21 September 2007

British Party Politics c.1765-2007

It is with deep regret that we at As A Dodo must today report the death of Party Politics in Great Britain, following news that the policies of the major parties have now become so interchangeable - if not indistinguishable - that there seems to be little or no point in trying to tell them apart. Given Party Politics' long and not always ignoble history, the news that political parties have ceased to be a source of ideological belief and Hegelian dialectic and instead become mere vehicles for the election of their leaders to the Premiership will have come as a shock to many (particularly Sir Menzies Campbell) and a source of delight to Gordon Brown and David Cameron.

Given the long decline and sad end of Party Politics, few can today picture them as they were in their youth: two boisterous (not to say belligerent) lads, "Whig" and "Tory", both the children of turbulent times, both engaged in endless battles over the royal succession and the power of the monarchy. By all accounts they were bold youths, never happier than knocking back a few swift ones in the pub before a gentle evening of trying to beat seven shades out of each other as they vied for the favour of a various royals, in scenes which (fortunately) would not be seen again until the tragic and disturbing events of "It's A Royal Knockout" in 1987.

As they moved from their teens into their twenties and beyond, however, Party Politics began to settle down. With independence in the offing in the Americas and revolution nascent in France, Whig and Tory had begun to feel that fighting in the streets was best left to others - preferably German mercenaries trying to keep down revolt on the streets of America and effete members of the British Aristocracy going under the dread-inspiring pseudonym of "The Scarlet Pimpernel" brawling with the sans-culottes on the streets of France. Tired of their youthful ways, Party Politics began to grow respectable - debates in the Houses of Parliament began to involve fewer punch-ups, brawls became confined to only the worser class of election hustings and monarchs became too interested in talking to trees to interfere. By the mid 1800s, Tory had begun to let it be known that he'd much rather be known as "Conservative", Whig started referring to himself "Liberal"(1) and both found themselves able to stand at the same bar in the House of Commons without either attempting to physically wound the other.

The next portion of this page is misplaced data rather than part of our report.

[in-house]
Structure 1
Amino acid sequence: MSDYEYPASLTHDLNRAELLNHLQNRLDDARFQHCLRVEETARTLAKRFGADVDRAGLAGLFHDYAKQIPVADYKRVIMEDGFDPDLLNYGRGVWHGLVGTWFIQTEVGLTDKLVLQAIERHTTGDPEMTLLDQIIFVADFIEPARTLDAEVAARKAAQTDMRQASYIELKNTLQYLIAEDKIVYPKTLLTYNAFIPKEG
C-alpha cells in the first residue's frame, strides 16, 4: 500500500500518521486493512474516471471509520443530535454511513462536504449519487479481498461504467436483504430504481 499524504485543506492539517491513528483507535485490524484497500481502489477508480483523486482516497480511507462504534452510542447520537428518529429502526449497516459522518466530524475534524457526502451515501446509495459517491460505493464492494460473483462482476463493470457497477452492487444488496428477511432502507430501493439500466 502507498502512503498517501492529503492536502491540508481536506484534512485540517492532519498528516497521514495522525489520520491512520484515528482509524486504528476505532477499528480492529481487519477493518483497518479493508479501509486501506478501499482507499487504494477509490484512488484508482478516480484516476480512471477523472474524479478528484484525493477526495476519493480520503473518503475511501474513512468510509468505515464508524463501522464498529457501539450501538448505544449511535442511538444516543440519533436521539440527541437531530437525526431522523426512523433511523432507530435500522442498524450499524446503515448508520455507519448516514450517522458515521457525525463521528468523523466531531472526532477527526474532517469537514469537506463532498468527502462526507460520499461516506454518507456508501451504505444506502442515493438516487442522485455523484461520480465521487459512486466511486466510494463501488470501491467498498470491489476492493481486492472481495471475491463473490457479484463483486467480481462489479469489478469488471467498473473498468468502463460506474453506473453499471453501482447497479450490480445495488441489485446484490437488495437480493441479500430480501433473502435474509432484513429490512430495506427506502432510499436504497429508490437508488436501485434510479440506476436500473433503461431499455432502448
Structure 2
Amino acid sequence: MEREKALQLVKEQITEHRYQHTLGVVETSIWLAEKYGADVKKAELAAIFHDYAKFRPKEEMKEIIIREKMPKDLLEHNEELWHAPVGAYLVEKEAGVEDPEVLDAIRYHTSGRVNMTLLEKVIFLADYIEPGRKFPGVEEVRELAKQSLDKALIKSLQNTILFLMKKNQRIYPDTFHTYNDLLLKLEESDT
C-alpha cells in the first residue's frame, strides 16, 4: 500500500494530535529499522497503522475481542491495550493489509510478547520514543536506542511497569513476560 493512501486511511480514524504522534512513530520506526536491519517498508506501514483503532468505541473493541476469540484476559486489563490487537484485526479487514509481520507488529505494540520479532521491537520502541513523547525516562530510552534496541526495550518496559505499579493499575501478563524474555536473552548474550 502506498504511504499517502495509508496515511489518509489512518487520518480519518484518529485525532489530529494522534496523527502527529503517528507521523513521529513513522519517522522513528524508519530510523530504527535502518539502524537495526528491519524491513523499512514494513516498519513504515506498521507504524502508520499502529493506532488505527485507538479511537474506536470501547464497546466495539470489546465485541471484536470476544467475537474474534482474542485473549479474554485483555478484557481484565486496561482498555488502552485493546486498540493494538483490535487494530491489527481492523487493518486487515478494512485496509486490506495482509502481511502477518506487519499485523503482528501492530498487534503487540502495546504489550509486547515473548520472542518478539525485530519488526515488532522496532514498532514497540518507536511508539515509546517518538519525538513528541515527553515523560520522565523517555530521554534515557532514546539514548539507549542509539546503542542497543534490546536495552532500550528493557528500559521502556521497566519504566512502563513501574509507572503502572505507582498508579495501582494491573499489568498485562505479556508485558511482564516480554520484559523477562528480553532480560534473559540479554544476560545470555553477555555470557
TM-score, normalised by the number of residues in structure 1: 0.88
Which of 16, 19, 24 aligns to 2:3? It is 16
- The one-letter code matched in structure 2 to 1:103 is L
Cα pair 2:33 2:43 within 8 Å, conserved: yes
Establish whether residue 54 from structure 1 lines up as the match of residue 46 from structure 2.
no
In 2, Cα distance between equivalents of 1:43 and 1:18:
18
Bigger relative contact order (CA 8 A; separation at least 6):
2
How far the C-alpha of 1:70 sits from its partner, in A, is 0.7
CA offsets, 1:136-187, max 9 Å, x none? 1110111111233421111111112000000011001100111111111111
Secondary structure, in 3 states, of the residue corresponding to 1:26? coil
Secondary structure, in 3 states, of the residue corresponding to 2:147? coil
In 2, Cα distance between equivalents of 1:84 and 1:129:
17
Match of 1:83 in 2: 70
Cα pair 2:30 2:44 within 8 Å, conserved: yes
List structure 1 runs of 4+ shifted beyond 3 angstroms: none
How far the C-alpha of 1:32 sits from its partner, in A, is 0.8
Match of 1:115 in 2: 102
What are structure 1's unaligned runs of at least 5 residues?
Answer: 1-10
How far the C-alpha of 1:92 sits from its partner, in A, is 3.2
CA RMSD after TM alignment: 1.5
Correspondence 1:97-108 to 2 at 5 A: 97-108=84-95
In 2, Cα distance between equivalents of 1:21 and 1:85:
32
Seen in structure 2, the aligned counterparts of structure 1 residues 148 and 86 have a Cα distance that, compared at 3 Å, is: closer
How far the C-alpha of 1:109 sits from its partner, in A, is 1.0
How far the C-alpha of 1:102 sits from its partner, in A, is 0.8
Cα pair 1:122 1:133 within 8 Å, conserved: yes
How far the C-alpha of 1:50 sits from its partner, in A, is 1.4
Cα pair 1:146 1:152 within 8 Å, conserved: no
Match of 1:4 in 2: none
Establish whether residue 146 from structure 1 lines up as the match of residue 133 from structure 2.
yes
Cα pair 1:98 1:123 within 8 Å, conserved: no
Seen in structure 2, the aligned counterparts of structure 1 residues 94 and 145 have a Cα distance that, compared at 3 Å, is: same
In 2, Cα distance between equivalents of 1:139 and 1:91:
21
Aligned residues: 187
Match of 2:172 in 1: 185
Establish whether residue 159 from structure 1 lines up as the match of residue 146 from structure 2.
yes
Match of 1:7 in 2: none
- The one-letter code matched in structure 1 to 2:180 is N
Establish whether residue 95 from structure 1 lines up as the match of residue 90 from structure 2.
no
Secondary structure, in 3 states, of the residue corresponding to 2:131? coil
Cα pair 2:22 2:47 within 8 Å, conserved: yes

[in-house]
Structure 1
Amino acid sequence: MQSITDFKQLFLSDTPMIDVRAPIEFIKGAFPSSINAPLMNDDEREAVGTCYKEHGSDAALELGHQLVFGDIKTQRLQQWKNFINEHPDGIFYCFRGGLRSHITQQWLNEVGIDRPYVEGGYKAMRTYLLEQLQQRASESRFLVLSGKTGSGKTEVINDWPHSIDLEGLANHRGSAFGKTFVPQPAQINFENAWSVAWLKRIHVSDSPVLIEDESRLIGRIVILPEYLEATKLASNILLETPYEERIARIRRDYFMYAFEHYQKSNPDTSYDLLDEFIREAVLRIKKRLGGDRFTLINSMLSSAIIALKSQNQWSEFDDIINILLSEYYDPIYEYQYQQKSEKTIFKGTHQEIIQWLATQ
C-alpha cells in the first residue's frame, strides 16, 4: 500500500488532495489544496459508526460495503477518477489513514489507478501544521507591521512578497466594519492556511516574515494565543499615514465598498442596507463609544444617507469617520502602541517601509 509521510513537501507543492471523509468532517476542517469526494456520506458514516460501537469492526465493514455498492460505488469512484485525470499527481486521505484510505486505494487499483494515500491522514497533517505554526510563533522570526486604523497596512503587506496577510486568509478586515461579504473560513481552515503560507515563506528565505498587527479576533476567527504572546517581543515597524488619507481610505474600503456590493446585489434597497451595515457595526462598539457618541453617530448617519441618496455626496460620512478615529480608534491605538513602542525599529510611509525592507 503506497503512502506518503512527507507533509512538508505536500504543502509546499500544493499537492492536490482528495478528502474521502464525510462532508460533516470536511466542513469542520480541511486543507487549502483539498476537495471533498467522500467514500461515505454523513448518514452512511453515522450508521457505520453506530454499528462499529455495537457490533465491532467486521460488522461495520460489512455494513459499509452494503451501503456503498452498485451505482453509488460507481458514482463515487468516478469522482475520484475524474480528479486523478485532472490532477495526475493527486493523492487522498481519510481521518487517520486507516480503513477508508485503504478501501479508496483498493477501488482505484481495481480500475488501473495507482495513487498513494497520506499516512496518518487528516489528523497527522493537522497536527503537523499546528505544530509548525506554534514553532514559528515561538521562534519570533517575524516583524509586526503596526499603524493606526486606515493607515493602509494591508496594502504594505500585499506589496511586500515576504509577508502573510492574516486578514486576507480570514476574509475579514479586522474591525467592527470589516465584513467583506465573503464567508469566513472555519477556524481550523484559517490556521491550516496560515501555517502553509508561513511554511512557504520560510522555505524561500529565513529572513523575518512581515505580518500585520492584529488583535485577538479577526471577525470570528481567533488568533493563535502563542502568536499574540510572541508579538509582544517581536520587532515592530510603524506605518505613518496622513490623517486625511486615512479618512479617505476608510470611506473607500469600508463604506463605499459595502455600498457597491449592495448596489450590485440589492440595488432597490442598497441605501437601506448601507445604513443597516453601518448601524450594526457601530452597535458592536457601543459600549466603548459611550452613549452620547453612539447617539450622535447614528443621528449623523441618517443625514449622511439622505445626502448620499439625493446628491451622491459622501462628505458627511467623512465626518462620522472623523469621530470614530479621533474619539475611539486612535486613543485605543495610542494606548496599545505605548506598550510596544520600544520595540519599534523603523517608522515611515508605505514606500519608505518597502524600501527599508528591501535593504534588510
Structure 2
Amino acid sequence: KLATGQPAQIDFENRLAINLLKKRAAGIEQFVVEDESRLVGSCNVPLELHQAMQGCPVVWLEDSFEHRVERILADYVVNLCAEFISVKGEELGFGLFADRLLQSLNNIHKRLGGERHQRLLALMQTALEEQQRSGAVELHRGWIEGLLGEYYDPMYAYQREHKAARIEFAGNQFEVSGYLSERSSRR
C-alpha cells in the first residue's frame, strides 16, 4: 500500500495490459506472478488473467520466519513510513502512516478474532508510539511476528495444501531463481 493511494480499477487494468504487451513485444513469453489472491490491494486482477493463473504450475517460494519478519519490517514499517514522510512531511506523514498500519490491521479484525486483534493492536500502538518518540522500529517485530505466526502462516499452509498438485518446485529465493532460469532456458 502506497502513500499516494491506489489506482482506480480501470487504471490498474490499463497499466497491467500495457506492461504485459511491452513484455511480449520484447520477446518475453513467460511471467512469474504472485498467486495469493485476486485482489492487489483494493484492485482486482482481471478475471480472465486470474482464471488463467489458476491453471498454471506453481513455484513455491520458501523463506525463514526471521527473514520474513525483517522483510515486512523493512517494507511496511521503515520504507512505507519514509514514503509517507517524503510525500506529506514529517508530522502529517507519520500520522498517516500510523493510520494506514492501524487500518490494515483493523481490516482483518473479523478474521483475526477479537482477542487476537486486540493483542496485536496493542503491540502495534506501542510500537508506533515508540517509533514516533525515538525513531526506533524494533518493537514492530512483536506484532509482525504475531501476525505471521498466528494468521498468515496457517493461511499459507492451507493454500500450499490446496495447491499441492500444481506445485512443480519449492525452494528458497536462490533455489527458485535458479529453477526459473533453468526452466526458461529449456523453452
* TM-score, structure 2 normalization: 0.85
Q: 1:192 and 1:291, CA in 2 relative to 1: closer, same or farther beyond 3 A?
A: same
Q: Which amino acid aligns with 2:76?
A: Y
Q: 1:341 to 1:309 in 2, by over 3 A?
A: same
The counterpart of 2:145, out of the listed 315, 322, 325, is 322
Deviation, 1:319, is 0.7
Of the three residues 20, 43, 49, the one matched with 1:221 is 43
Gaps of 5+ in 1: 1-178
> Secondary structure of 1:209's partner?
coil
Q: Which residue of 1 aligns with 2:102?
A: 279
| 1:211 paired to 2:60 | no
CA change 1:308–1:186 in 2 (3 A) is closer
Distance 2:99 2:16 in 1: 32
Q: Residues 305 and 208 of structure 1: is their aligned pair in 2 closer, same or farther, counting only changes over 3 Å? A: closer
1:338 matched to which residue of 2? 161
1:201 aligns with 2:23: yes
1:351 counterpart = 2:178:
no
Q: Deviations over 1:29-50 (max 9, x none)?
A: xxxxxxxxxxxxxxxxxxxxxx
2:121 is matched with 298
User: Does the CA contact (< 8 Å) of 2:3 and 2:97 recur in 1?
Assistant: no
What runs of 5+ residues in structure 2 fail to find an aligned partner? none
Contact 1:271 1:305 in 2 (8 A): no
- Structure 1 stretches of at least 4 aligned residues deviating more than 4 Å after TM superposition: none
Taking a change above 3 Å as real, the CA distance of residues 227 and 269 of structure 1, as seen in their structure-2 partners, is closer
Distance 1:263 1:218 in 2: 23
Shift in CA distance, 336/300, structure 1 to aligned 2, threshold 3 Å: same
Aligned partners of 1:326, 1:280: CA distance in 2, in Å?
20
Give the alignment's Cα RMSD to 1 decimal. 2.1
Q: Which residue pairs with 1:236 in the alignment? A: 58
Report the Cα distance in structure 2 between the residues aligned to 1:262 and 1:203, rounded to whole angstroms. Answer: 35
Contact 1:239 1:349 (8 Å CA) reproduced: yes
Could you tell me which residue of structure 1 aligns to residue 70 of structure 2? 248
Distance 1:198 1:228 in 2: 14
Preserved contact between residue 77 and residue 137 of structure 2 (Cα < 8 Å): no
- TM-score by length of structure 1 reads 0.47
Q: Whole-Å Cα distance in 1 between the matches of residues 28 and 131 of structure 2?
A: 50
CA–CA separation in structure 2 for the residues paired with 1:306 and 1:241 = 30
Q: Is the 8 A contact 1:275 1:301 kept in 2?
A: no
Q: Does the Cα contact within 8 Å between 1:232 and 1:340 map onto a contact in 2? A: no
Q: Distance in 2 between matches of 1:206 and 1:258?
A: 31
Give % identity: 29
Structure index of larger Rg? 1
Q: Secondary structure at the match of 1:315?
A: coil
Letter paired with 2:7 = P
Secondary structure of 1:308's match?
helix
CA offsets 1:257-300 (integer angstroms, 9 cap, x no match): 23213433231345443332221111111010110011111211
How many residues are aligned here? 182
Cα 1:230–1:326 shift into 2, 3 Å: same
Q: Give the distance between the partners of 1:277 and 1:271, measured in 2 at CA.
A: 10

Over the following decades Conservative and Tory went about the business of Party Politics with a vengeance - arguing over free trade and protectionism, repealing Corn Laws, spinning off and then absorbing an assortment of splinter parties and ensuring that the House of Commons had some of the cheapest bars in all of the UK.

In the early 20th Century, Party Politics were given a further boost by the arrival of Liberal and Conservative's horny-handed and cloth-capped brother, Labour. This feisty new addition to the political scene, complete with his socialist ideology and Methodist convictions had soon injected new life into the old two-party system ... even if much of this new life was added at the expense of Liberal, who found himself swiftly transformed from a significant figure on the political stage to third understudy in the local am dram players.